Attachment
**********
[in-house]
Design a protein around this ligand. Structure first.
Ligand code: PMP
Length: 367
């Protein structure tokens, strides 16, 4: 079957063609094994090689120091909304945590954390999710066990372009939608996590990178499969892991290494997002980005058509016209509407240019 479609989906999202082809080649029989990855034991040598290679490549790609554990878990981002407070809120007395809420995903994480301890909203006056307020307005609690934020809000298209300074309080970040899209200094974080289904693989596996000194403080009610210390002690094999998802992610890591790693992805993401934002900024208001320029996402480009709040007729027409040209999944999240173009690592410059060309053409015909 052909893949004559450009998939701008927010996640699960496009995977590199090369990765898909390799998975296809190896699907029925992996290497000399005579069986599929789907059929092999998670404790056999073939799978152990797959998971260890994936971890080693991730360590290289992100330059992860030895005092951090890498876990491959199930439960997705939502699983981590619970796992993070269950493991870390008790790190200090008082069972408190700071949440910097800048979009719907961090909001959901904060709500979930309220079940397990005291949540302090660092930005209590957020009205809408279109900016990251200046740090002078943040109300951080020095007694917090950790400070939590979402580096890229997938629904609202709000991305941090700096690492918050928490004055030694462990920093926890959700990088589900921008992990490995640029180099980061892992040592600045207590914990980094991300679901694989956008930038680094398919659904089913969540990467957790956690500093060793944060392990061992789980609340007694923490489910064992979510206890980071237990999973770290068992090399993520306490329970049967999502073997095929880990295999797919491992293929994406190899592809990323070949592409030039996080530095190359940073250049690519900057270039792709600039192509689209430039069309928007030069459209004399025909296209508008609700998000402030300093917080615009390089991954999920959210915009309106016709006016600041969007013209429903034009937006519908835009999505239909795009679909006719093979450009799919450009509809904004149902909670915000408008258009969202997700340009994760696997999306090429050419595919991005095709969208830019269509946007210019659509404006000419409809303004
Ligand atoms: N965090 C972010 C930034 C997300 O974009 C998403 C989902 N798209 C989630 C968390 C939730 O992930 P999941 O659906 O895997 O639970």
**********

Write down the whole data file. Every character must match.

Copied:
[in-house]
Design a protein around this ligand. Structure first.
Ligand code: PMP
Length: 367
């Protein structure tokens, strides 16, 4: 079957063609094994090689120091909304945590954390999710066990372009939608996590990178499969892991290494997002980005058509016209509407240019 479609989906999202082809080649029989990855034991040598290679490549790609554990878990981002407070809120007395809420995903994480301890909203006056307020307005609690934020809000298209300074309080970040899209200094974080289904693989596996000194403080009610210390002690094999998802992610890591790693992805993401934002900024208001320029996402480009709040007729027409040209999944999240173009690592410059060309053409015909 052909893949004559450009998939701008927010996640699960496009995977590199090369990765898909390799998975296809190896699907029925992996290497000399005579069986599929789907059929092999998670404790056999073939799978152990797959998971260890994936971890080693991730360590290289992100330059992860030895005092951090890498876990491959199930439960997705939502699983981590619970796992993070269950493991870390008790790190200090008082069972408190700071949440910097800048979009719907961090909001959901904060709500979930309220079940397990005291949540302090660092930005209590957020009205809408279109900016990251200046740090002078943040109300951080020095007694917090950790400070939590979402580096890229997938629904609202709000991305941090700096690492918050928490004055030694462990920093926890959700990088589900921008992990490995640029180099980061892992040592600045207590914990980094991300679901694989956008930038680094398919659904089913969540990467957790956690500093060793944060392990061992789980609340007694923490489910064992979510206890980071237990999973770290068992090399993520306490329970049967999502073997095929880990295999797919491992293929994406190899592809990323070949592409030039996080530095190359940073250049690519900057270039792709600039192509689209430039069309928007030069459209004399025909296209508008609700998000402030300093917080615009390089991954999920959210915009309106016709006016600041969007013209429903034009937006519908835009999505239909795009679909006719093979450009799919450009509809904004149902909670915000408008258009969202997700340009994760696997999306090429050419595919991005095709969208830019269509946007210019659509404006000419409809303004
Ligand atoms: N965090 C972010 C930034 C997300 O974009 C998403 C989902 N798209 C989630 C968390 C939730 O992930 P999941 O659906 O895997 O639970």